Whatever your goal, there’s probably a way you can use habit stacking to encourage it. Here are a few examples of habit stacking to get your wheels turning:

  • You’re trying to get healthier, but you keep forgetting to take your medication before bed. That makes keeping up with a fitness routine harder. So, from now on, you’ll take your medication every night in between brushing and flossing your teeth.
  • Somewhere along the line, you stopped reading for fun. You want to change that. Lunchtime at your office is always noon to 1 p.m., so you’re going to commit to eating your whole meal in 45 minutes. With your remaining break, you’ll spend fifteen minutes reading a book.
  • Things have been getting a bit stale between you and your partner — you’re both so busy! You need to put in more of an effort if you want to get your collective groove back. So, every time you run to the dry cleaner, you’ll pick up a small bouquet of flowers from the shop next door. It’s a small gesture, but it’s a start!
  • You haven’t been on a run in ages, but you never fail to walk your dog. After your canine’s constitutional, commit to running for at least five minutes. If you follow through, reward yourself with a relaxing bath.

Does habit stacking work?

According to Dr. Alexander, it can take anywhere from 18 to 200 days to build a habit. Could habit stacking speed that process up or make it easier?

The less-than-satisfying answer is: Maybe.

Like most self-improvement hacks, habit stacking works well for some people and not for others. Dr. Alexander says success largely depends on the habit itself — both how hard it is and whether it’s something you enjoy doing.


Drinking a glass of water with every meal isn’t particularly difficult or unpleasant. Studying a foreign language or doing yoga for an hour a day, on the other hand, requires much more effort and discipline. Those are tough habits to build under the best of circumstances. And if you don’t enjoy those activities, adding them to your routine will require even more self-control.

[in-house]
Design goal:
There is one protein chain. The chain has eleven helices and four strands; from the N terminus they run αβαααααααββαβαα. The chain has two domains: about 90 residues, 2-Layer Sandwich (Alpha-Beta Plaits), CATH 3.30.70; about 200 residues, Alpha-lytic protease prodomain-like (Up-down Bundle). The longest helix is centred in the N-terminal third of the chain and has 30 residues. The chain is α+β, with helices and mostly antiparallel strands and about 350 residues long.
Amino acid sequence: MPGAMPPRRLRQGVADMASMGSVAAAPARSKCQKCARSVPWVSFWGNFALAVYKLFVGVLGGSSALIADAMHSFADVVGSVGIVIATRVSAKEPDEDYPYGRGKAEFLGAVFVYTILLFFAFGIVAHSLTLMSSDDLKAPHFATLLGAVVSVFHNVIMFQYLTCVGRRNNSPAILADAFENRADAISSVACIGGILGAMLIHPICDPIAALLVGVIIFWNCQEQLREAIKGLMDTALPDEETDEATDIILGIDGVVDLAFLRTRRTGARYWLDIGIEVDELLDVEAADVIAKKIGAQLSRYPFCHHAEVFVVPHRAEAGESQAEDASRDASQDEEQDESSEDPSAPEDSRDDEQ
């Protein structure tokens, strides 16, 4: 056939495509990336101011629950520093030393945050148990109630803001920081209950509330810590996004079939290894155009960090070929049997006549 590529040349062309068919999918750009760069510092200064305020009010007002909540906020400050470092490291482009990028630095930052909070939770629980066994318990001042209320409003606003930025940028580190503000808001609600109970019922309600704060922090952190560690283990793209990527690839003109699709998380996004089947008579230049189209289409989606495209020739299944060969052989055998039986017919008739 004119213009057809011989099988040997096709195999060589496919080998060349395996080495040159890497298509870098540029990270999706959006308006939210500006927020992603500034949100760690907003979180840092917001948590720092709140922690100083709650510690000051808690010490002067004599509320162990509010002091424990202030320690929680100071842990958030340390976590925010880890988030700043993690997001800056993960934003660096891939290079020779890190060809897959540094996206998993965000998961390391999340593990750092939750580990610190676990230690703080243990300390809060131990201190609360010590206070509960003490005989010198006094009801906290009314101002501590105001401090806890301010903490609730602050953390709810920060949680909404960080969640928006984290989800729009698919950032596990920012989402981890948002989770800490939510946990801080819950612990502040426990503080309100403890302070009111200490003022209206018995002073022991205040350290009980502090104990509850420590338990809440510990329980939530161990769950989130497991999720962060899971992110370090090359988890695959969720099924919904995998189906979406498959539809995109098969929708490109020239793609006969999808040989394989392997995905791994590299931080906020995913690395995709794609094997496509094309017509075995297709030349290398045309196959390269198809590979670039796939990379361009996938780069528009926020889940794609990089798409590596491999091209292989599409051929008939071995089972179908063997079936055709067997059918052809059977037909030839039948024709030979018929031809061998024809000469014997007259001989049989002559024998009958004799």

“Generally, if people can attach new habits to ones that they already regularly do, they’re going to have some success,” Dr. Alexander notes. “But if the habits that they’re trying to attach to already-existing ones aren’t things they want to do in the first place, that will affect the likelihood of successfully forming the habit.”

Incorporating the Premack principle Dr. Alexander mentioned earlier may up your probability of success in these situations. That’s because having a reward system in place — an immediate reinforcer that follows the habit you’ve stacked — can help with motivation.

An alternative to habit stacking

If habit stacking hasn’t worked for you, don’t be discouraged. There are lots of ways to train our brains and build good habits! Dr. Alexander recommends you try shaping instead.

“It’s a behavioral principle where you gradually shape your behavior toward a goal,” she explains. This approach can be especially helpful for people with conditions like depression, that impact your ability to self-motivate.

Dr. Alexander offers the example of walking. Let’s say your ultimate goal is walking a mile a day every day. Instead of going from zero to 60, start by putting on your sneakers and doing a lap or two around your apartment. The next day, make it five laps. The next day, do five laps and a turn around the cul-de-sac. Each day, you work your way up to your goal … and build a new habit in the process!

“I recommend shaping a lot because making small changes over time tends to be far less psychologically overwhelming,” she says.

Don’t give up

At some point, most of us will try to change our lifestyle in one way or another. And — whether we’re creating good habits or breaking bad ones — we’re likely to struggle a bit. It’s part of the process.

Remember that if you fall short of your goal. There are going to be days when your couch-to-5K running plan feels more like a couch-to-couch plan. But that’s no reason to give up. It’s a reason to make a habit of self-compassion.

Dr. Alexander emphasizes that it’s important to avoid black-and-white thinking. Consistency is key to developing new behaviors, but forgetting or skipping your habit doesn’t mean you’ve failed. Instead, focus on what you have accomplished and get excited to build on it.

“At least you have something!” she emphasizes. “There’s a small snowball there. And tomorrow, you can go out and roll it into something a little bit bigger.”

Whether you habit stack, employ the Premack principle, shape or try something else altogether, remember to celebrate the little victories. And remember: Every day is a new opportunity to make progress!